Restoration of Voting Rights Gains Support across the Nation
Cross-posted to Project Vote’s Voting Matters Blog
The message that democracy works best when all citizens participate – including those reintegrating into society after serving time for felony convictions – is finally being heard by the public, the media, and the U.S. Congress. Whether the message will affect the change needed to enfranchise the millions of Americans who currently cannot represent their communities in the democratic process, it is encouraging to find more citizens recognize the value in voting rights restoration and its impact on rehabilitation.
In light of the July 24 introduction of the Democracy Restoration Act of 2009, which would restore federal voting rights of felons who have been released from incarceration, numerous media outlets and voting rights advocates appear inspired to speak out on the importance of felon voting rights in general.
Calling it “an overdue change” for the 33 states that strip felons of their voting rights post-incarceration, the Detroit Free Press hails the federal bills, HR 3335 and S 1516 as a solution to inequity in both the criminal justice system and voting rights, particularly regarding minorities and the communities to which they return. Of the five million disenfranchised Americans, “nearly two million of them, including more than one in eight black men, are disenfranchised by these vestiges of Jim Crow.”
“Democracy requires that voting rights extend to as many people as possible,” the Free Press editorialized. “Voting rights rebuild ties to the community. They give people a stake in society and connect them to its norms and values.”
The notion that “restoring voting rights of the formerly incarcerated is essential to helping them reintegrate into society and become productive citizens,” is widely gaining support, Kathryn Boockvar, a Pennsylvania-based attorney for the Advancement Project, wrote in the Patriot-News. Boockvar, who was writing in support of a state measure requiring prisons to provide released felons with voter registration materials (HB 1072), noted a recent report by the Brennan Center for Justice, which cites a 2006 survey that found 60 percent of Americans agree with this idea.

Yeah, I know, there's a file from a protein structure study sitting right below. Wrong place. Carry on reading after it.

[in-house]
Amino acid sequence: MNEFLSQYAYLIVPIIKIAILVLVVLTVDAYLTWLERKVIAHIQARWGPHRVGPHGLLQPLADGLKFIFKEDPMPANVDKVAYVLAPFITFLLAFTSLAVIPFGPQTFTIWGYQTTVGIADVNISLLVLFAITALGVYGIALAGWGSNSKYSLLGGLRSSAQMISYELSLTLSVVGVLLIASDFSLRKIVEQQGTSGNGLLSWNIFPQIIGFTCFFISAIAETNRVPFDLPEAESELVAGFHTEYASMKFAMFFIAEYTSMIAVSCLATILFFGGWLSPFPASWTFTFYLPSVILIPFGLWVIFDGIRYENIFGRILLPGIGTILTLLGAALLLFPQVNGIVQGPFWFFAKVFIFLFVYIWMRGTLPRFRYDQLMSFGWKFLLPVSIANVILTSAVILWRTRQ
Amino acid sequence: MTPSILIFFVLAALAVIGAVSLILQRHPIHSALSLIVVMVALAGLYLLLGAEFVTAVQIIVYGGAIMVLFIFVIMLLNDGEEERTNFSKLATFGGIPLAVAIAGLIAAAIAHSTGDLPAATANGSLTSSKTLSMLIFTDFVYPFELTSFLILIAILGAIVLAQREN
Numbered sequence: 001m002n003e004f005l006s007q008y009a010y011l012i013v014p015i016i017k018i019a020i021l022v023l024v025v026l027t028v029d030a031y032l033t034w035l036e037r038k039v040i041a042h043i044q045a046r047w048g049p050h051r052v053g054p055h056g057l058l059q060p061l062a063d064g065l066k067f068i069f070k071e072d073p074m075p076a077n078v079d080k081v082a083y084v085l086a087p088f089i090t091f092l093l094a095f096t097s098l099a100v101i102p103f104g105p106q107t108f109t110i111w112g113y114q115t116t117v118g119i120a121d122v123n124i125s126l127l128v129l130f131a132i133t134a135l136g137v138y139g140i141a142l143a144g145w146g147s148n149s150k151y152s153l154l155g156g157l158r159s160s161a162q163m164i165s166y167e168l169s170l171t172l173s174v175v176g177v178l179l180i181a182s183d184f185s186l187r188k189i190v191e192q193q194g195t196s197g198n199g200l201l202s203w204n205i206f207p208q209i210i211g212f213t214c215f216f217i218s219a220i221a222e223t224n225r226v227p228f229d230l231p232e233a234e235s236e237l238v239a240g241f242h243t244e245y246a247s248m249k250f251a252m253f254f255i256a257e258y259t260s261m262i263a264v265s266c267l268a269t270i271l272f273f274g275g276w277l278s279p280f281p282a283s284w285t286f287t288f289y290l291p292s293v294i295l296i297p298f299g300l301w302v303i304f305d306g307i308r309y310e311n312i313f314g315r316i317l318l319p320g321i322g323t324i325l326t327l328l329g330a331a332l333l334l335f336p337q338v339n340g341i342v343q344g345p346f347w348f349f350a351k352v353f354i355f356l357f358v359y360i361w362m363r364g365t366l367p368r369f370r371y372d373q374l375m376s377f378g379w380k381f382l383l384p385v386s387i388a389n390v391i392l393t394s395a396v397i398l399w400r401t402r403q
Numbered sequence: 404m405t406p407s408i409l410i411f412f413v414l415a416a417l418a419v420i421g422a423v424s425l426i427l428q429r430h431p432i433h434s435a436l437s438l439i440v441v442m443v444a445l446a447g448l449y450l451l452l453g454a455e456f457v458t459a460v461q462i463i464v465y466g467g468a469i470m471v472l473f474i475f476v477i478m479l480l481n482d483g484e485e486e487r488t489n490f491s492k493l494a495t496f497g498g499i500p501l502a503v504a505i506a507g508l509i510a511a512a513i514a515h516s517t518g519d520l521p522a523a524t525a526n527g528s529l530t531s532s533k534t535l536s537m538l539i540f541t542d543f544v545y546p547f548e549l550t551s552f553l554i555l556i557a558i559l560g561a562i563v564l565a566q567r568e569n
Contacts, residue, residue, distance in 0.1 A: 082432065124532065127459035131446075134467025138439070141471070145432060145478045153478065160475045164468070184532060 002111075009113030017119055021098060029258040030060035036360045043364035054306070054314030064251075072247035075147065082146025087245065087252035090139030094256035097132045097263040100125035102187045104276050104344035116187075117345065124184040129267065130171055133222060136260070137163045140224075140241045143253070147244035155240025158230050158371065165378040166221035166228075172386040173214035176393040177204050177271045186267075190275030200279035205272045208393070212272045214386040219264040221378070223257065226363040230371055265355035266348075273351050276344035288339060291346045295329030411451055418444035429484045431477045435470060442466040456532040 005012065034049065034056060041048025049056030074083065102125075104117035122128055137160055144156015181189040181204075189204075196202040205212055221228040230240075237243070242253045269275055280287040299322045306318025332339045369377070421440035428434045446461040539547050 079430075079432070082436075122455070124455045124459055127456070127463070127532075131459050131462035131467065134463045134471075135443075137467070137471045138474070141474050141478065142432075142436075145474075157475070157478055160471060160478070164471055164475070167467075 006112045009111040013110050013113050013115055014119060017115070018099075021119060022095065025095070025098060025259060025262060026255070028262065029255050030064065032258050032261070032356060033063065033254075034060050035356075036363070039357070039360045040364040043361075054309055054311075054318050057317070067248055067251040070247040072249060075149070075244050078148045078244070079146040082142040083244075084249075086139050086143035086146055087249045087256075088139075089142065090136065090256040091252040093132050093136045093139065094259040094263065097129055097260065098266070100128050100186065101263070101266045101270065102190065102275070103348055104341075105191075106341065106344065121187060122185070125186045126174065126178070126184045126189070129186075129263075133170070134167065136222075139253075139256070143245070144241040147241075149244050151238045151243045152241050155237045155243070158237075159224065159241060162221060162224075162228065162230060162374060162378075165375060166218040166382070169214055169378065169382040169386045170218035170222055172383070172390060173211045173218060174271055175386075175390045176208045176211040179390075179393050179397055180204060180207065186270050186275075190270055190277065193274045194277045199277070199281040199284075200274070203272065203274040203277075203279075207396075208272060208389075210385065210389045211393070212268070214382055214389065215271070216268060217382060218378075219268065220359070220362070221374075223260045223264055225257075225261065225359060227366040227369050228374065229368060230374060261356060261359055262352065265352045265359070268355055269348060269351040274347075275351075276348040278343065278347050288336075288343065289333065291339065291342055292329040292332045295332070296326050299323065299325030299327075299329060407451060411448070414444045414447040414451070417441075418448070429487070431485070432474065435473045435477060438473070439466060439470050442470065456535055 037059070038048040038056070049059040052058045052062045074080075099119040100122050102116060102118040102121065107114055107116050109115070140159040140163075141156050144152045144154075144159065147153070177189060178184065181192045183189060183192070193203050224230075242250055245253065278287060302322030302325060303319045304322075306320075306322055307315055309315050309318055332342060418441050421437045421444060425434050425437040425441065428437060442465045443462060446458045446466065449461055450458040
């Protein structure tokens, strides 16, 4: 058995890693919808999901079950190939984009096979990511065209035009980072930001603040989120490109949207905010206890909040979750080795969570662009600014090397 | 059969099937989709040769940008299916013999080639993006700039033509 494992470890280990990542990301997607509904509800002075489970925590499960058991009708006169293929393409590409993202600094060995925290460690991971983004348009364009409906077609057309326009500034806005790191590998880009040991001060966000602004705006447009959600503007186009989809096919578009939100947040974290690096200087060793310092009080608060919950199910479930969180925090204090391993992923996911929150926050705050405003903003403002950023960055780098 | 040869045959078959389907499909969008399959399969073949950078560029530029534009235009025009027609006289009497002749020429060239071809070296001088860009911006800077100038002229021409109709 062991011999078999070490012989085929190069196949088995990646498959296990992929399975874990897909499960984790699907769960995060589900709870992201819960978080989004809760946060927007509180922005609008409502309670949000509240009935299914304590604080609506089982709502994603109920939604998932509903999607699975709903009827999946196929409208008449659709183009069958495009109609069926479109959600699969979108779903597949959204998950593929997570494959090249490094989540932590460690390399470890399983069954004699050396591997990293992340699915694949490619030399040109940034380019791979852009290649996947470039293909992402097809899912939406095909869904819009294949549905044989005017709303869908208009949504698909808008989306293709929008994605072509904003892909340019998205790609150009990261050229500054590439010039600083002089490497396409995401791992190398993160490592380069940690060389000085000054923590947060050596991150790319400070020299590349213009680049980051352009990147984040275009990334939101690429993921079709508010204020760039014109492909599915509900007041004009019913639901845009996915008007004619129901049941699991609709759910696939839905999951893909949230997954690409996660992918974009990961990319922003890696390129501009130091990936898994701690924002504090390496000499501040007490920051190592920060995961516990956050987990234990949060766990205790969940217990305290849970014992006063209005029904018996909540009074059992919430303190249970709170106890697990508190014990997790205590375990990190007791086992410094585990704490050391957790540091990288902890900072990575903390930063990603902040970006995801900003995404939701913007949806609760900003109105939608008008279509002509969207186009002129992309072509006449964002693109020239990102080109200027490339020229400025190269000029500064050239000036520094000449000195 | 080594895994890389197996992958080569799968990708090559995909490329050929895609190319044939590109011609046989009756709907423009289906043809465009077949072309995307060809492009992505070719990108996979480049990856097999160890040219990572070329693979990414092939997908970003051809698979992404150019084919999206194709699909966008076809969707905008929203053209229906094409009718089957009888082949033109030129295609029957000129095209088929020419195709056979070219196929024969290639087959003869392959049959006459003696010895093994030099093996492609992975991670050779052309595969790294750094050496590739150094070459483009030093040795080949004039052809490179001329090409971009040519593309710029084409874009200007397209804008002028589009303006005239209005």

Such a proposal has become law in at least two states in recent years. In May, the state of Washington lifted a ban that prohibited thousands of felons from voting with the passage of House Bill 1517. Until a couple weeks ago, the state required all felons to fully complete their sentences and repay all legal financial obligations before they were eligible to vote, according to the ACLU Blog of Rights. Blogger Rachel Bloom told the story of a man she called “John,” who had “completed his sentence yet remained disfranchised because he had outstanding legal financial obligations, of which almost two-thirds was interest.”
“When asked why he wanted to vote, John said he had two reasons: ‘I’m raising my grandkids. It’s been a cycle of jails and institutions for them and I want to show them a different picture…I want to show them what being included in society looks like and yet I can’t provide that while being disfranchised. The other reason is that I personally want a say. Right now, I’m being taxed without representation.’”
A 2006 change in the Rhode Island Constitution allowing probationers and parolees to vote brought about 6,000 more registered voters in the 2008 elections, according to the Providence Journal. The law had previously disenfranchised an estimated 15,000 people who were serving probationary terms that could “run a decade or more in some cases.”
“Despite changing laws, there were still many hurdles to getting people back on the rolls,” wrote Desiree Evans of Facing South, an online magazine for the Institute of Southern Studies. “For instance, some former felons were unaware and uninformed of the reinstatement of their right to vote in some states. And in other states complicated re-enfranchisement procedures on top of widespread confusion and misinformation about the proper administration of the varying state laws made the process of restoring the vote even more difficult.”
Although the fight for restoration of voting rights remains an uphill battle, “voting rights advocates should keep fighting in the courts, state legislatures and Congress,” the New York Times editorialized on August 4, noting a federal court’s decision to uphold the Massachusetts ban on voting by convicted felons. A group of prisoners challenged the law, claiming it violated the Voting Rights Act because disenfranchised felons in Mass. are “disproportionately black and Hispanic… partly because of a bias in the justice system.”
“Letting the case go forward would not have meant the prisoners would have won,” the Times said. “But it would have recognized that the law could violate the Voting Rights Act, depending on the facts that emerged about it in court.”
Whether felon voting rights will be changed through state and federal legislation, or through review of the cornerstone Voting Rights Act, one notion remains the same. “The United States aspires to be a nation in which the government rules by the consent of the governed people,” the Times wrote. “Prisoners do not cease to be people.”